I'm on the "I keep forgetting to eat" diet. I'll see an opportunity to eat a proper meal, but I'll just want to do this one thing first. Then it's three hours later and I'm really hungry, so I'll eat enough to make the hunger go away and then get back to what I was doing. I think it's a good sign that my life is that interesting.
I just became aware of XSPF, which perhaps will eventually be a format for portable music playlists. While they don't talk about the relationship between playlists and albums, the playlist format they propose has room for some metadata and could be used to encode album information, so these playlists could be used as album entities.
They also plan to support query-based entries and, with the help of "content resolvers", arbitrary mapping from a song specification to an available song. The point of this is to let people refer to songs in some portable way (rather than the location of an encoding of the song on one person's hard drive), but it could also be used to support fuzzy specifications, or simply artistic reinterpretations or pragmatic substitutions (finding a suitable replacement when the specified song is not available). Misinterpretations will be amusing, like a Newton's handwriting recognition or Google's spelling correction.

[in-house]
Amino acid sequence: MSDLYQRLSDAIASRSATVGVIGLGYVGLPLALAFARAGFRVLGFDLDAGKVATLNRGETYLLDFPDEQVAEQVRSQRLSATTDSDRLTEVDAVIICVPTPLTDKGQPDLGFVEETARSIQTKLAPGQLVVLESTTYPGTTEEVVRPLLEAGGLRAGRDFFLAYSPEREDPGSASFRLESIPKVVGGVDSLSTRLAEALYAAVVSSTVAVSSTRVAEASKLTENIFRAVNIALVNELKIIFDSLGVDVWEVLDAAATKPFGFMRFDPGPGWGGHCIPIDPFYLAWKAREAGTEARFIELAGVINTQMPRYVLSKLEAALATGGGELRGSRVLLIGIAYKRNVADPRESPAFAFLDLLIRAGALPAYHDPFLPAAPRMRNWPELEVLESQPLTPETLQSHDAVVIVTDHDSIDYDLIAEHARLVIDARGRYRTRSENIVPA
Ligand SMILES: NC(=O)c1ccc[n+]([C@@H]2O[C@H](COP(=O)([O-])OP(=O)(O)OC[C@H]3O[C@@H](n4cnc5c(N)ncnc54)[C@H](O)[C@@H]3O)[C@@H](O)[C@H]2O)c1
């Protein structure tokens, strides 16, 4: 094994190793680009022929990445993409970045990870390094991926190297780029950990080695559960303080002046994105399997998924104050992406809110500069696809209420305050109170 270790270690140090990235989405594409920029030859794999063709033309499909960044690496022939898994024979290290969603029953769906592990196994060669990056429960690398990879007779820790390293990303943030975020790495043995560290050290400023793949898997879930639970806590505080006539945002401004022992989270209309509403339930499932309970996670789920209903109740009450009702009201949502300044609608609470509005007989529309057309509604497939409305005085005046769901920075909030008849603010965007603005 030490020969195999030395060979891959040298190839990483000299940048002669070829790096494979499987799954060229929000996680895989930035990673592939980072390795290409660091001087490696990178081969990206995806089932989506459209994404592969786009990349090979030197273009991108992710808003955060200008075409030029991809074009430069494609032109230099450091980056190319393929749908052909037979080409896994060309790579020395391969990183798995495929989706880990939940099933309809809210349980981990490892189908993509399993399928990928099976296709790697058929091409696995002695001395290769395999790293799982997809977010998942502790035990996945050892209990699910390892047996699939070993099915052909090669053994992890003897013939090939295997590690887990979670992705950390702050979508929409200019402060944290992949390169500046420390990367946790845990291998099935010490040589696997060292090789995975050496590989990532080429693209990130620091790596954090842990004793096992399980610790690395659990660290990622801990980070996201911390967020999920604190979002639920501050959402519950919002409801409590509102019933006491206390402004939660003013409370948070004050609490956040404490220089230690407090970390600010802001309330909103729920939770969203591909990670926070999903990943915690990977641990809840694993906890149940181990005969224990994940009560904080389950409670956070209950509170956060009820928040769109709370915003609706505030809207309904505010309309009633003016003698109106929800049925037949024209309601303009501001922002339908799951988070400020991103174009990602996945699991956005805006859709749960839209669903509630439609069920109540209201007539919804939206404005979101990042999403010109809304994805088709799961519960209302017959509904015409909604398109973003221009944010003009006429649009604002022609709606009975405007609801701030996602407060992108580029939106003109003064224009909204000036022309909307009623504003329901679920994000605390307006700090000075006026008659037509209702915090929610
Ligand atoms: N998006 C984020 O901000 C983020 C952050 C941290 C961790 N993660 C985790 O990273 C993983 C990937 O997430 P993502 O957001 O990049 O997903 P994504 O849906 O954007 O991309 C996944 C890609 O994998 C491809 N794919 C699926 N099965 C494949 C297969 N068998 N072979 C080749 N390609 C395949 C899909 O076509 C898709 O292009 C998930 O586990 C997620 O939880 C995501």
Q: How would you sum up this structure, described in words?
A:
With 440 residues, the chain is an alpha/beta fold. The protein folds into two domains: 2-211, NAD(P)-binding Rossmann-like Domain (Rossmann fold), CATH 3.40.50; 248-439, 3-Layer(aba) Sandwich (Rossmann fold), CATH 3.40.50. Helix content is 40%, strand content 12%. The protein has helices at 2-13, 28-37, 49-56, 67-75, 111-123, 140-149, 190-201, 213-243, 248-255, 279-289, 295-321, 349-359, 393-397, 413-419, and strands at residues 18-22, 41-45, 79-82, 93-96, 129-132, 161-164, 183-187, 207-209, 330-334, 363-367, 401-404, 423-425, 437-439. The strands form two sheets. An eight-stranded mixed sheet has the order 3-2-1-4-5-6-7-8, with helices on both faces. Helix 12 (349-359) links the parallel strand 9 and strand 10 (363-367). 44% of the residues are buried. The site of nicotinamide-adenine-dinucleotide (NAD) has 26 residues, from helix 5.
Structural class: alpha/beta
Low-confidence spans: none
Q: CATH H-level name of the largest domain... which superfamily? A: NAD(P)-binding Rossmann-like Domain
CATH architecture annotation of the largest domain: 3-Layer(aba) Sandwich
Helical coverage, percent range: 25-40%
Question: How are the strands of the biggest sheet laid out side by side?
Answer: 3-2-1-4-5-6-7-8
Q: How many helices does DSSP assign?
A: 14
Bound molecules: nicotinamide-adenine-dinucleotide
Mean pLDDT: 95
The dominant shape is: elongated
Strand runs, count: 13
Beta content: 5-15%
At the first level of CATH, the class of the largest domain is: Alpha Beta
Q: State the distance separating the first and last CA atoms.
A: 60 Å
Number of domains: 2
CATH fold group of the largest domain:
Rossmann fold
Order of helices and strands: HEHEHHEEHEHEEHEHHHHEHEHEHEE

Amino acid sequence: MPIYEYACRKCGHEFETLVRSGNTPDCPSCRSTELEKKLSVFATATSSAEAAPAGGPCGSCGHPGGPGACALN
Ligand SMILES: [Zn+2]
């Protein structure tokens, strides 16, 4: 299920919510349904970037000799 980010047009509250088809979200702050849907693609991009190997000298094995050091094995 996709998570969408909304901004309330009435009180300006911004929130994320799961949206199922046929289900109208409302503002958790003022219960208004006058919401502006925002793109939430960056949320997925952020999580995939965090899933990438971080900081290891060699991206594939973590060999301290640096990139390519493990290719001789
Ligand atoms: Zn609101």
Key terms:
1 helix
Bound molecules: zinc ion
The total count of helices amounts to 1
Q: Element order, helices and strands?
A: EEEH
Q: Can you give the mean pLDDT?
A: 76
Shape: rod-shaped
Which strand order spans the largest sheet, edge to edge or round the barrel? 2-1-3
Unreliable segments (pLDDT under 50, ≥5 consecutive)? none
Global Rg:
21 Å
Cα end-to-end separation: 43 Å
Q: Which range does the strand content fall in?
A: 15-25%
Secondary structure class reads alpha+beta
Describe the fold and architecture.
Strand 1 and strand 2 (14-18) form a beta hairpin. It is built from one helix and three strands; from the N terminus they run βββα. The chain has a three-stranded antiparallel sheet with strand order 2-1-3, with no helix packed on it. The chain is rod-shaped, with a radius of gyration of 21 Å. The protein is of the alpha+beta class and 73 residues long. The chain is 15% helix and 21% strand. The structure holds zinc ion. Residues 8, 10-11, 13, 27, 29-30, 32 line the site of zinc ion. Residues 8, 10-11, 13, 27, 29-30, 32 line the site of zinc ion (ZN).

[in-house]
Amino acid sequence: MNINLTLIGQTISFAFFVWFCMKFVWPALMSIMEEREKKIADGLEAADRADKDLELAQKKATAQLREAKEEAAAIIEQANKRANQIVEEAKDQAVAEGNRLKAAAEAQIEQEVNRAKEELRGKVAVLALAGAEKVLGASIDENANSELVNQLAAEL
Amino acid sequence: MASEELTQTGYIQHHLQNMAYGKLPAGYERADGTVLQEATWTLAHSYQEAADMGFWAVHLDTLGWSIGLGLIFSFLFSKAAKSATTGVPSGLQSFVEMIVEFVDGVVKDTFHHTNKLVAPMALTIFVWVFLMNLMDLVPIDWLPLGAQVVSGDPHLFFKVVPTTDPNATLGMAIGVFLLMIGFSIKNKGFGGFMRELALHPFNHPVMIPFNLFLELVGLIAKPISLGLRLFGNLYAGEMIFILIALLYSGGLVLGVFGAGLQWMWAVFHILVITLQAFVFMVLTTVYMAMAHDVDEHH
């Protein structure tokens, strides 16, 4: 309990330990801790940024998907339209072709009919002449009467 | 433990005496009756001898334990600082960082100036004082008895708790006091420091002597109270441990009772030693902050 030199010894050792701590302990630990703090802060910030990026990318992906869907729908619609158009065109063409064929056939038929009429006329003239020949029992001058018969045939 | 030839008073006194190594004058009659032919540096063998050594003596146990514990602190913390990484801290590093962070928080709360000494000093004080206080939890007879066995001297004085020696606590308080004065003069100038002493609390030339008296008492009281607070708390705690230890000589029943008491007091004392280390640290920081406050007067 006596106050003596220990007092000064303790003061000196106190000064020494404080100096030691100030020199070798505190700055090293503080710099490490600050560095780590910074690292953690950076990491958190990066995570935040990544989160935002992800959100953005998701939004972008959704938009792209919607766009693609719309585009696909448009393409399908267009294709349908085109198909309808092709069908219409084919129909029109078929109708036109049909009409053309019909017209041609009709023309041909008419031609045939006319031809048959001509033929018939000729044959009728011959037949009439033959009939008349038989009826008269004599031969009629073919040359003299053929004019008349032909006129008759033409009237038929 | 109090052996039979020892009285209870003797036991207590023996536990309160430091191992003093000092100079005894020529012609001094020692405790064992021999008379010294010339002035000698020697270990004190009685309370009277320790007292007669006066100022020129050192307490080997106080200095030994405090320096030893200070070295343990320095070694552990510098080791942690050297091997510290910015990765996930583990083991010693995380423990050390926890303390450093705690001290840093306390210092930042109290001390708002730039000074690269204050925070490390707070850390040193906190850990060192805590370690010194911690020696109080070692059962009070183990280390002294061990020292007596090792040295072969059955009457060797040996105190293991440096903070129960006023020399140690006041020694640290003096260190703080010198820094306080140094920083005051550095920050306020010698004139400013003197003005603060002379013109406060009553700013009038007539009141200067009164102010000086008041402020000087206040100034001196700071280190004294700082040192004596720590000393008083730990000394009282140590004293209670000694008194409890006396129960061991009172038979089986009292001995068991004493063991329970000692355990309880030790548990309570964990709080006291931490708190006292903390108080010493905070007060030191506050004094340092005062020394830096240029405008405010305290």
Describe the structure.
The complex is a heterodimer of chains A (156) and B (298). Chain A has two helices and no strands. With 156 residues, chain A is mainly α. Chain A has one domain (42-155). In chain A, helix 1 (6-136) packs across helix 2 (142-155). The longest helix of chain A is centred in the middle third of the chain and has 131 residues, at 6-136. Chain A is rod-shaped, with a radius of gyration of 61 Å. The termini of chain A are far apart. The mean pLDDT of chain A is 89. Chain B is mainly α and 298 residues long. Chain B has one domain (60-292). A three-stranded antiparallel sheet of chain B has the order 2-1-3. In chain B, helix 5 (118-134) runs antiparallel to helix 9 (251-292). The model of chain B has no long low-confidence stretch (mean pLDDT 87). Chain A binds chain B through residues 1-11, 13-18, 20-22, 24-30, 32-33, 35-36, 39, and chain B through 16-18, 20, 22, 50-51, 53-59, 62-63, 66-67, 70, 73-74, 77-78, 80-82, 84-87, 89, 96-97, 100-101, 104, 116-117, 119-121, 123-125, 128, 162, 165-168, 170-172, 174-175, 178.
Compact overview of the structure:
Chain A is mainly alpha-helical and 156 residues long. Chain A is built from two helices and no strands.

This, the resolution using a limited local catalog, is something I've talked about for a while, but unlike me they're actually trying to do more something about it. It's still just talk, but at least it's formalized talk and there's more than one person talking, whereas I just yammered about it unconstructively.
Depending on the implementation of the content resolver, this could get interesting, so it's nice to see someone trying to break that into a separate component, at least conceptually. The next step (after they get farther with this one) would be to define an API and write a reference version to encourage people to write these things in an interchangeable way so you can choose a mapper independently of a player.
A while back I decided to save some space by putting my CDs into a notebook of sleeves. Sliding the CDs in and out of those sleeves put lots of scratches in the discs, so I don't know how wise that was, but nowadays the only thing I do with a CD is rip it onto my computer and put it away forever, so a space efficient archive makes lots of sense.
CD storage came up today and one thing mentioned was how much of a pain it is to get the tray card (the artwork inside the back cover) out from the case. Back when I did a couple hundred of these in one sitting, I quickly came up with a good way of doing it. Today I went ahead and posted instructions for stripping jewel cases, increasing the amount of weird trivia on the web.